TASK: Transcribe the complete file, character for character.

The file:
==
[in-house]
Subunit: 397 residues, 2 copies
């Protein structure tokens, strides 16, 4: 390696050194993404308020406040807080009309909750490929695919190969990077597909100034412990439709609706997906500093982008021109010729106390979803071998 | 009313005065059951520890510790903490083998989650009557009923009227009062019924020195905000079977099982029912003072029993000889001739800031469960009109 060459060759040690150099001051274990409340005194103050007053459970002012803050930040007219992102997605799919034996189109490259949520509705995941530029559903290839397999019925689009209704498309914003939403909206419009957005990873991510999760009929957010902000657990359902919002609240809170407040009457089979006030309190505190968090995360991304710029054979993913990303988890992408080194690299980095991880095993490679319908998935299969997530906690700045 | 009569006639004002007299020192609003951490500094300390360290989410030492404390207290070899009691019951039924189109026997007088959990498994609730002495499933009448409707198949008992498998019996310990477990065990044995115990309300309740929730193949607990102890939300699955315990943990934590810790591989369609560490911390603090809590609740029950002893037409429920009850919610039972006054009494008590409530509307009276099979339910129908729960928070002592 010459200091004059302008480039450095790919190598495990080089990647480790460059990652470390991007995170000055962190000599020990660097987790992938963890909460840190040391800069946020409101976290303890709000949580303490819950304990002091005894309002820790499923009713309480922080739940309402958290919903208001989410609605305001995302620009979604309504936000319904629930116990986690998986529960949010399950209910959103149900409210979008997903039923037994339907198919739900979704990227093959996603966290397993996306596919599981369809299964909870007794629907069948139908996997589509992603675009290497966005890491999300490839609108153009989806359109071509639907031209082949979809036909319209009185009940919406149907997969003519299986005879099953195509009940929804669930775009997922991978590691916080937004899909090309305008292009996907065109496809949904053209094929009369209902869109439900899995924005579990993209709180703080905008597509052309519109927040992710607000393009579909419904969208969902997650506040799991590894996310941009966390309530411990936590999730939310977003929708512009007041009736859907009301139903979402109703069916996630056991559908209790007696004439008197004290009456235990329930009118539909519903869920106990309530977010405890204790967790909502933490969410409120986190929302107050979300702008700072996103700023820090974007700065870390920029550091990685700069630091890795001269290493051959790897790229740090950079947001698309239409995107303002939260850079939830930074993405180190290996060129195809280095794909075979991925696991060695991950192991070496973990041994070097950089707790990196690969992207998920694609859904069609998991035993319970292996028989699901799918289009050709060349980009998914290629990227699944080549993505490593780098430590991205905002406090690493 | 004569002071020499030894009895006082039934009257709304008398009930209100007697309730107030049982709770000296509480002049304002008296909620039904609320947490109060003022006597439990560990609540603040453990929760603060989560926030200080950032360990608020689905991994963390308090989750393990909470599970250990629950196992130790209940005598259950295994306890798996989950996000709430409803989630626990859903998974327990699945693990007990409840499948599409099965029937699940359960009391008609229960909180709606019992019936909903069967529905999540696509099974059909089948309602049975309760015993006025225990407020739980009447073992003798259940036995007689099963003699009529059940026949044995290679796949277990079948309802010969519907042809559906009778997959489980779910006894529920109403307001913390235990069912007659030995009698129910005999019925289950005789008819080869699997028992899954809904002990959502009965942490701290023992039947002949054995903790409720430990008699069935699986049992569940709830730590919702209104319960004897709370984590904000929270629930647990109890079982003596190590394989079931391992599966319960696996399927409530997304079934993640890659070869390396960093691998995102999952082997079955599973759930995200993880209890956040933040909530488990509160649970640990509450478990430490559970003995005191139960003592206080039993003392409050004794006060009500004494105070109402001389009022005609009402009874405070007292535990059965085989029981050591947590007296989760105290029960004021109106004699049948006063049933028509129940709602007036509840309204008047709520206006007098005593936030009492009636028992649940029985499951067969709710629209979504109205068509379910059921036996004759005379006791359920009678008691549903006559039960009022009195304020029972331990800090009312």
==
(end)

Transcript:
[in-house]
Subunit: 397 residues, 2 copies
């Protein structure tokens, strides 16, 4: 390696050194993404308020406040807080009309909750490929695919190969990077597909100034412990439709609706997906500093982008021109010729106390979803071998 | 009313005065059951520890510790903490083998989650009557009923009227009062019924020195905000079977099982029912003072029993000889001739800031469960009109 060459060759040690150099001051274990409340005194103050007053459970002012803050930040007219992102997605799919034996189109490259949520509705995941530029559903290839397999019925689009209704498309914003939403909206419009957005990873991510999760009929957010902000657990359902919002609240809170407040009457089979006030309190505190968090995360991304710029054979993913990303988890992408080194690299980095991880095993490679319908998935299969997530906690700045 | 009569006639004002007299020192609003951490500094300390360290989410030492404390207290070899009691019951039924189109026997007088959990498994609730002495499933009448409707198949008992498998019996310990477990065990044995115990309300309740929730193949607990102890939300699955315990943990934590810790591989369609560490911390603090809590609740029950002893037409429920009850919610039972006054009494008590409530509307009276099979339910129908729960928070002592 010459200091004059302008480039450095790919190598495990080089990647480790460059990652470390991007995170000055962190000599020990660097987790992938963890909460840190040391800069946020409101976290303890709000949580303490819950304990002091005894309002820790499923009713309480922080739940309402958290919903208001989410609605305001995302620009979604309504936000319904629930116990986690998986529960949010399950209910959103149900409210979008997903039923037994339907198919739900979704990227093959996603966290397993996306596919599981369809299964909870007794629907069948139908996997589509992603675009290497966005890491999300490839609108153009989806359109071509639907031209082949979809036909319209009185009940919406149907997969003519299986005879099953195509009940929804669930775009997922991978590691916080937004899909090309305008292009996907065109496809949904053209094929009369209902869109439900899995924005579990993209709180703080905008597509052309519109927040992710607000393009579909419904969208969902997650506040799991590894996310941009966390309530411990936590999730939310977003929708512009007041009736859907009301139903979402109703069916996630056991559908209790007696004439008197004290009456235990329930009118539909519903869920106990309530977010405890204790967790909502933490969410409120986190929302107050979300702008700072996103700023820090974007700065870390920029550091990685700069630091890795001269290493051959790897790229740090950079947001698309239409995107303002939260850079939830930074993405180190290996060129195809280095794909075979991925696991060695991950192991070496973990041994070097950089707790990196690969992207998920694609859904069609998991035993319970292996028989699901799918289009050709060349980009998914290629990227699944080549993505490593780098430590991205905002406090690493 | 004569002071020499030894009895006082039934009257709304008398009930209100007697309730107030049982709770000296509480002049304002008296909620039904609320947490109060003022006597439990560990609540603040453990929760603060989560926030200080950032360990608020689905991994963390308090989750393990909470599970250990629950196992130790209940005598259950295994306890798996989950996000709430409803989630626990859903998974327990699945693990007990409840499948599409099965029937699940359960009391008609229960909180709606019992019936909903069967529905999540696509099974059909089948309602049975309760015993006025225990407020739980009447073992003798259940036995007689099963003699009529059940026949044995290679796949277990079948309802010969519907042809559906009778997959489980779910006894529920109403307001913390235990069912007659030995009698129910005999019925289950005789008819080869699997028992899954809904002990959502009965942490701290023992039947002949054995903790409720430990008699069935699986049992569940709830730590919702209104319960004897709370984590904000929270629930647990109890079982003596190590394989079931391992599966319960696996399927409530997304079934993640890659070869390396960093691998995102999952082997079955599973759930995200993880209890956040933040909530488990509160649970640990509450478990430490559970003995005191139960003592206080039993003392409050004794006060009500004494105070109402001389009022005609009402009874405070007292535990059965085989029981050591947590007296989760105290029960004021109106004699049948006063049933028509129940709602007036509840309204008047709520206006007098005593936030009492009636028992649940029985499951067969709710629209979504109205068509379910059921036996004759005379006791359920009678008691549903006559039960009022009195304020029972331990800090009312």